Articles 22 to 25 of instructions for Government of Armies of United States in field, and general orders number 100, April 24th, 1863, War of Rebellion, official records series 3 111 154 (See especially Article 77) clearly state that sentry shall never shoot prisoners of war for intent escape.
Mr. James F. Hughes, Assistant Director Centre, expressed sincere regret incident had taken place and stated Relocation Official[s] were powerless give effect to provisions memorandum of understanding as to functions of military police units at Relocation Centres and areas administered by War Relocation Authorities dated July 8th, 1942, and especially Paragraph 7.
Thereof in which no mention is made of sentry towers or wire fences. He gave it as his opinion one sentinel posted at principal entrance centre would be quite sufficient and any other sentinels would be unnecessary. He stated further, subsequently to occurrence incident, both Japanese and American Japanese descent at Centre lost sense security for themselves and their families and refused proceed perform labor outside centre boundaries.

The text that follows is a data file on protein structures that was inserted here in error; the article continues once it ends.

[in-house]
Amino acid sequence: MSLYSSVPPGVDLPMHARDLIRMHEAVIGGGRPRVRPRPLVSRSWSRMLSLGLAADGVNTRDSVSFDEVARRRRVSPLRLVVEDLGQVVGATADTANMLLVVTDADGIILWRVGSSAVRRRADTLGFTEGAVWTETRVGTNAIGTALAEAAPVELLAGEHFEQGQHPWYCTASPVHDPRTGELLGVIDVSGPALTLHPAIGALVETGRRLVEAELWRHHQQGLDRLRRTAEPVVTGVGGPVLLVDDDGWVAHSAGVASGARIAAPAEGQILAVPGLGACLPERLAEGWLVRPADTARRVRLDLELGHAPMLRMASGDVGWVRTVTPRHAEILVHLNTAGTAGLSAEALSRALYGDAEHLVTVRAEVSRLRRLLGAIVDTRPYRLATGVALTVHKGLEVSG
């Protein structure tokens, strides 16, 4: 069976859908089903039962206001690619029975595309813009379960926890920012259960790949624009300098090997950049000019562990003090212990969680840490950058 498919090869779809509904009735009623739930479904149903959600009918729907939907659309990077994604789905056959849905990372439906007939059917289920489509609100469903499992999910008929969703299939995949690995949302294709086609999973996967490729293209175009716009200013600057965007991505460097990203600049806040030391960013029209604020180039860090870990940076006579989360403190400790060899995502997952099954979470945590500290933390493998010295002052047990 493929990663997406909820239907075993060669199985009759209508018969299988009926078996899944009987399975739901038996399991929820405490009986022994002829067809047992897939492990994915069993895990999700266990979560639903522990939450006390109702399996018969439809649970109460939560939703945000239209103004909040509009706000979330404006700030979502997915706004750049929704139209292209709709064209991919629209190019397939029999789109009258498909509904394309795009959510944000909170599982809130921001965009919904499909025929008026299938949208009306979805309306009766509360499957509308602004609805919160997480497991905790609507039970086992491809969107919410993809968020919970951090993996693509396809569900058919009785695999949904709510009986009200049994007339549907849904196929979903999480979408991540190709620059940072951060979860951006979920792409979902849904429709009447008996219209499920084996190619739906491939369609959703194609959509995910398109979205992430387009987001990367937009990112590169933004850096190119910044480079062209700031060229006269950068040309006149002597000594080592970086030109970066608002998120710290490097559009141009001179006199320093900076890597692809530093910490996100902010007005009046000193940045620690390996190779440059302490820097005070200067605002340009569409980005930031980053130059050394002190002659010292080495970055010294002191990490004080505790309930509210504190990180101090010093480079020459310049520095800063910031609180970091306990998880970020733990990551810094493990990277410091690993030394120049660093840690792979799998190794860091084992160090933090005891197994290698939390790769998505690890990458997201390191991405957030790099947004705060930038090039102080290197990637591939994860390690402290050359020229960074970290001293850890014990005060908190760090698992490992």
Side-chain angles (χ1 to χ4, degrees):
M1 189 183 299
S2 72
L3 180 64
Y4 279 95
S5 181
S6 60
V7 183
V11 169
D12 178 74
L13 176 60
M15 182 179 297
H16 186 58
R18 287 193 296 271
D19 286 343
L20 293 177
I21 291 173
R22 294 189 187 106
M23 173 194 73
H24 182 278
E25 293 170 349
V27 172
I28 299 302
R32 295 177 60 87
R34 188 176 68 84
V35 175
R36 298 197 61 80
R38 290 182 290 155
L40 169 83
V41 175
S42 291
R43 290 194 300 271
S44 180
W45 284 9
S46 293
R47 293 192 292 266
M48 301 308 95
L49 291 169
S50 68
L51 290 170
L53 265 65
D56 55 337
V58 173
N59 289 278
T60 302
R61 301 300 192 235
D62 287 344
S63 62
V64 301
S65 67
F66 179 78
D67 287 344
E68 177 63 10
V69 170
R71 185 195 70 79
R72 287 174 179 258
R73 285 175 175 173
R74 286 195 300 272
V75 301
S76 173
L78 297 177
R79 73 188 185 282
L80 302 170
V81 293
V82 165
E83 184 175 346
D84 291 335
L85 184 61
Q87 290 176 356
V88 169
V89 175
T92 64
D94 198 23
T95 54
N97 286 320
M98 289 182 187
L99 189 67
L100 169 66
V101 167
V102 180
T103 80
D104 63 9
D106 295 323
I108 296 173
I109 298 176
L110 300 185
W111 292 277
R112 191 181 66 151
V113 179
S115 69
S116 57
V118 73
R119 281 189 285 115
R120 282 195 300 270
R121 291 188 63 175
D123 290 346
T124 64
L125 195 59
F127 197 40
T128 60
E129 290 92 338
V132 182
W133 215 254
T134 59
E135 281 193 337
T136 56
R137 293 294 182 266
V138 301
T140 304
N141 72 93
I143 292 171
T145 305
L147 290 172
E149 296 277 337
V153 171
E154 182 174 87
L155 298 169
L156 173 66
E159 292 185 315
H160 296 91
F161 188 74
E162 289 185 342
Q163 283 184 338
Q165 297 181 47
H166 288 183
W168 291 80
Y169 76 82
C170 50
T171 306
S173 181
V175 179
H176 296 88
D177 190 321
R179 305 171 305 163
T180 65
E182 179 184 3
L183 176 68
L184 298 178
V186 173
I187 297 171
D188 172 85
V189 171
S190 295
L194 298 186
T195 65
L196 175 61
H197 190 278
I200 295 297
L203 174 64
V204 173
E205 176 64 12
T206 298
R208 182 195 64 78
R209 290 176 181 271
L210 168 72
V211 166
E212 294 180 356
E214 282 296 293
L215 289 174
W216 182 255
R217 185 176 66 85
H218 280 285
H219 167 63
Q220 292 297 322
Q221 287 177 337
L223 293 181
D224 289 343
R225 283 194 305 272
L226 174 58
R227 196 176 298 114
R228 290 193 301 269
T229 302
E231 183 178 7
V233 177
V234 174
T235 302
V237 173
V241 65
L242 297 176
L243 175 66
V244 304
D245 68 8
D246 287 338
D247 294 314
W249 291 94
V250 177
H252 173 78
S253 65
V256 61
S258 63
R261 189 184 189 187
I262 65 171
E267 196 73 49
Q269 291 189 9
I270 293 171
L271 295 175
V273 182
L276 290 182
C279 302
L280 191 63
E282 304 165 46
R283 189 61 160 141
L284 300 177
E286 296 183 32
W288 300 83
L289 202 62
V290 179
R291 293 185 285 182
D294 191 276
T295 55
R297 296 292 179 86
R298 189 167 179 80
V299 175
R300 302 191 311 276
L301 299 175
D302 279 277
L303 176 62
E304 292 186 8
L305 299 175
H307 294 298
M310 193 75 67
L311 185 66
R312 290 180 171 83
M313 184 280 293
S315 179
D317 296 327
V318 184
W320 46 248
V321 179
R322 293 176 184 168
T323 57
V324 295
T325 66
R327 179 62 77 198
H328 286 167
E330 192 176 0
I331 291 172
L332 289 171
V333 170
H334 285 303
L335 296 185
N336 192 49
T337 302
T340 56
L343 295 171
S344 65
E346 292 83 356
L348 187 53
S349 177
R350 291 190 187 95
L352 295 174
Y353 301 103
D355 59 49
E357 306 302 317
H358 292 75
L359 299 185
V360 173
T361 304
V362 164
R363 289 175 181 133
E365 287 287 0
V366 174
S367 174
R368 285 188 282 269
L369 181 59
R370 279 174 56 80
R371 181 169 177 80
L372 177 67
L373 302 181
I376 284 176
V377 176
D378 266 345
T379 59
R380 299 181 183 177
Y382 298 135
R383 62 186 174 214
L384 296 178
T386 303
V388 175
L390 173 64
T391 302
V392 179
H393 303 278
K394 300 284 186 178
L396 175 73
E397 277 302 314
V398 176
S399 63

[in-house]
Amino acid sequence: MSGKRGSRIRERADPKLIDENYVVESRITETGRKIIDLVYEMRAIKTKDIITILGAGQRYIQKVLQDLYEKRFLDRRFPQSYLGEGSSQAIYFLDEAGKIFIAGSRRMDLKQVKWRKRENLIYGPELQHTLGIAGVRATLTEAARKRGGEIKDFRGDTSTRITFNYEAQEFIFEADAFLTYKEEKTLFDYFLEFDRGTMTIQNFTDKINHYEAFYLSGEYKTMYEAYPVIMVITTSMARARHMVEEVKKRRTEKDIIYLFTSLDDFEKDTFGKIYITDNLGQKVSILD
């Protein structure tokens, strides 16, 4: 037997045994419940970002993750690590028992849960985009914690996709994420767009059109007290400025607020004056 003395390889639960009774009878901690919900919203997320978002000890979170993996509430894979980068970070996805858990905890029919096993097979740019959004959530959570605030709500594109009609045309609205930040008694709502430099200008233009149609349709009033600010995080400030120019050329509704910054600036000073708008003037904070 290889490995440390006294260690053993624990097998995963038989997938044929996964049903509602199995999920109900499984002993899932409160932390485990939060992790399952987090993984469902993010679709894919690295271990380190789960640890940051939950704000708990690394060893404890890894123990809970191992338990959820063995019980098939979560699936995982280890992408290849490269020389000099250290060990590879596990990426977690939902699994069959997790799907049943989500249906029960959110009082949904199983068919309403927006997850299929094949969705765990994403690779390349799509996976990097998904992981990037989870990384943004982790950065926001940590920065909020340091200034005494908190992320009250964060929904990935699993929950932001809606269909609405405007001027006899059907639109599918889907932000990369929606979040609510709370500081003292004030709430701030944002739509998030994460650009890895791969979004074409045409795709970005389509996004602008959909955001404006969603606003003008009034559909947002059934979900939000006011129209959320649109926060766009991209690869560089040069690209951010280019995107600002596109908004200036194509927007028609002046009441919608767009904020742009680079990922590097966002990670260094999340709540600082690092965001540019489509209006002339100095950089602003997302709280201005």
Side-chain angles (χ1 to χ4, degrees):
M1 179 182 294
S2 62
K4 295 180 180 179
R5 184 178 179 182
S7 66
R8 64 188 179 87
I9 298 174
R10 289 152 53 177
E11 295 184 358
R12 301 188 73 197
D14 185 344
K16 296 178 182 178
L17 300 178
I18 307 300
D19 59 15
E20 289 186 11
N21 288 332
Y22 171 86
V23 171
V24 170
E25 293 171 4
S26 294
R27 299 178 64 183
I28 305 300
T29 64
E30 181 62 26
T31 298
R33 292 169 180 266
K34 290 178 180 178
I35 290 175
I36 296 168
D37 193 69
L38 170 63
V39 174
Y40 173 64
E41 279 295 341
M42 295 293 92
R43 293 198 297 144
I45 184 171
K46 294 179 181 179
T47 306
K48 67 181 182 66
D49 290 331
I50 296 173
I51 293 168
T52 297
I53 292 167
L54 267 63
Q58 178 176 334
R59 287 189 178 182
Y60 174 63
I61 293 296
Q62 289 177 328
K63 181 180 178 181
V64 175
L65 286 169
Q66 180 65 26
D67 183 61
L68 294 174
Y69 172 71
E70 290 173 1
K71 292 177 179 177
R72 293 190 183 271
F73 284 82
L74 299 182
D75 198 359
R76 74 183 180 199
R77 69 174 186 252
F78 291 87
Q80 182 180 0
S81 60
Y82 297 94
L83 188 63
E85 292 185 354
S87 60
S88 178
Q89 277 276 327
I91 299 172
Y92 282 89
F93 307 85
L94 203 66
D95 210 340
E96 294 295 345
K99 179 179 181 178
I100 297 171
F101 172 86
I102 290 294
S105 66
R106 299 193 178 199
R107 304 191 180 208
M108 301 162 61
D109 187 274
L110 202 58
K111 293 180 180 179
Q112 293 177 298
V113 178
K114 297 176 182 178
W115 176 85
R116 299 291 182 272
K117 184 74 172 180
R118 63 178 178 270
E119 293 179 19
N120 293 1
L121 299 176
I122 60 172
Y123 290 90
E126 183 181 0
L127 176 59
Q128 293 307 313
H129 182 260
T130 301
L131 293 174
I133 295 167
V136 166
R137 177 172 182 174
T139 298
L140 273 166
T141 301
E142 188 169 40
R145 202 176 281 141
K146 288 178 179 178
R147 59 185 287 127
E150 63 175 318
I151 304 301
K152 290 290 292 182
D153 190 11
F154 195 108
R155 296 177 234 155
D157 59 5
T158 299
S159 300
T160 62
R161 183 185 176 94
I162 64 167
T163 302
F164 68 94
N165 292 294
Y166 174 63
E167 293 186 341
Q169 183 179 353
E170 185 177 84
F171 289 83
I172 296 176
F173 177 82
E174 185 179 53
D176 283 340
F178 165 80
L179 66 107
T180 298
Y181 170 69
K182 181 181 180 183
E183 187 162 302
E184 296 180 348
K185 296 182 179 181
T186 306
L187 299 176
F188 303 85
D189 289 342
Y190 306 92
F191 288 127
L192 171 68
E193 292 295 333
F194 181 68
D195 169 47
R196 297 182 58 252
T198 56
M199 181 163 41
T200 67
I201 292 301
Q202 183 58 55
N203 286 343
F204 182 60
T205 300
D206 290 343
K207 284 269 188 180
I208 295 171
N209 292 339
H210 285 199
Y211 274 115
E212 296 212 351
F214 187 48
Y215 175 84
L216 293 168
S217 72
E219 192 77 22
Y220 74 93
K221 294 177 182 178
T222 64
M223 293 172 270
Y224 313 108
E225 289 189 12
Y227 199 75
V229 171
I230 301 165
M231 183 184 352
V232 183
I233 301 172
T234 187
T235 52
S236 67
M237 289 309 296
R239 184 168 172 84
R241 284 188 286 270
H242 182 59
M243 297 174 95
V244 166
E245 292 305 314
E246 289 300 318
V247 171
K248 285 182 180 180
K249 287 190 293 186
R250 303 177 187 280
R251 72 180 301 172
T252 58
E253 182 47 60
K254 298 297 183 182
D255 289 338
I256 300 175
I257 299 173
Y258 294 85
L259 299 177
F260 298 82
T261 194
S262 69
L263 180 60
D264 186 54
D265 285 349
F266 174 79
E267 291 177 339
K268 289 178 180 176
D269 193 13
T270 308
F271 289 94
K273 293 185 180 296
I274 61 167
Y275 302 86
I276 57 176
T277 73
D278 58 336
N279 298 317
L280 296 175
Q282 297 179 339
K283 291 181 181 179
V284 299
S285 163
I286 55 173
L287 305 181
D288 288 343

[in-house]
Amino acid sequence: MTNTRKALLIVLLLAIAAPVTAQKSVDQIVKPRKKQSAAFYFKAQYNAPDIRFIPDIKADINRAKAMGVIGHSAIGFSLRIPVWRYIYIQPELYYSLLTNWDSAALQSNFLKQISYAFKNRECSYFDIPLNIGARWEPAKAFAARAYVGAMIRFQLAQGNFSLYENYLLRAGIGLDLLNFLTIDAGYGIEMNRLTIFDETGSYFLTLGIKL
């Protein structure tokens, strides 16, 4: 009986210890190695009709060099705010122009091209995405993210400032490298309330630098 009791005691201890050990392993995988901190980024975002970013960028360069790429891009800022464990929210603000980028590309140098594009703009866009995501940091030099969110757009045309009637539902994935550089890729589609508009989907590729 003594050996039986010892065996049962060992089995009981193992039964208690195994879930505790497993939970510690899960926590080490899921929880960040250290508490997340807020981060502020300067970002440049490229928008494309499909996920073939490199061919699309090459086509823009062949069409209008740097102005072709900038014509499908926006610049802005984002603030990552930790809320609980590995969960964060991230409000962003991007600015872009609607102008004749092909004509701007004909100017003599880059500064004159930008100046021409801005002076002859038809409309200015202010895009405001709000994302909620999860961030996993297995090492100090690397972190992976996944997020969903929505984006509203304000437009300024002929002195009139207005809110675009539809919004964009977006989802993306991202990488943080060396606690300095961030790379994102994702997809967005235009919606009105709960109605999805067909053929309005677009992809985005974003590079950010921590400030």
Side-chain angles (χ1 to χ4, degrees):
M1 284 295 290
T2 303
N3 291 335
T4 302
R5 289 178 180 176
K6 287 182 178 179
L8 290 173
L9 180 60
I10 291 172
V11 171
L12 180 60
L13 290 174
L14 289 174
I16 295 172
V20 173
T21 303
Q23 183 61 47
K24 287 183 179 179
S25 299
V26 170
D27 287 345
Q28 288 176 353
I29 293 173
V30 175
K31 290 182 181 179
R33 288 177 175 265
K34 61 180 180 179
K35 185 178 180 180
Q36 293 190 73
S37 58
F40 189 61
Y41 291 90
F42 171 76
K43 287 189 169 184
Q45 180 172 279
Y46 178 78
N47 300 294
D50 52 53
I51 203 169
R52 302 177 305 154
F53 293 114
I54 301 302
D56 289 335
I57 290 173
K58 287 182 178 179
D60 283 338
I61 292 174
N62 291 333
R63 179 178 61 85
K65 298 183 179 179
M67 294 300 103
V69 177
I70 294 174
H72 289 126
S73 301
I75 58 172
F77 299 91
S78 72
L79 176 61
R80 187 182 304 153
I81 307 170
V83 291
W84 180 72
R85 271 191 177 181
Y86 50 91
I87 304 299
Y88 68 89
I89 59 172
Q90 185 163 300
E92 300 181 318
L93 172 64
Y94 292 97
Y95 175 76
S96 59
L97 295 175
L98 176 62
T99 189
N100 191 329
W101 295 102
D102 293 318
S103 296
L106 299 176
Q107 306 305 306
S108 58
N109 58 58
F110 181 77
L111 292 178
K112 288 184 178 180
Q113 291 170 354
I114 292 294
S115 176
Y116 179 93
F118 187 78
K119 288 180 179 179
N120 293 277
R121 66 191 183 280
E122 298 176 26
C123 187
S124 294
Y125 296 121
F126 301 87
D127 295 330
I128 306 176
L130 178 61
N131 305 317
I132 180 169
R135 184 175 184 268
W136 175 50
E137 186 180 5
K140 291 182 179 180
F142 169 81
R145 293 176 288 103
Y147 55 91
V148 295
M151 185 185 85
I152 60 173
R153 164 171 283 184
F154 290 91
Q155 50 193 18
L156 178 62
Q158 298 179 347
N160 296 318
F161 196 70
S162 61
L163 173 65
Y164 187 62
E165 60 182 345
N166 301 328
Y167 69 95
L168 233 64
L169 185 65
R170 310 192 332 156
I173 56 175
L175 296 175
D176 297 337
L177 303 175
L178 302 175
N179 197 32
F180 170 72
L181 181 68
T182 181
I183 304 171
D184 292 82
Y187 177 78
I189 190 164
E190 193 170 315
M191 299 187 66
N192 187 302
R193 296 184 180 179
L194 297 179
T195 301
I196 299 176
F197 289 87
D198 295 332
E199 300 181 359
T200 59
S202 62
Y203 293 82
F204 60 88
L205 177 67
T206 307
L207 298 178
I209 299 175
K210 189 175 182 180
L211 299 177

As regards danger approaching barbed wire in spite Authorities official declaration to effect such danger had been duly notified to residents at Centre through medium centre organ, Topaz Times, minute examination said paper shows that though it contains warning against crawling fences centre, no references made to any danger of shooting from sentinels.

Topaz Times April 12th, 1943, which announced death Wakasa, states it happened, “While attempting to crawl through the west fence”, but according to testimony of witness he had never tried to crawl when he was assaulted by his murderer.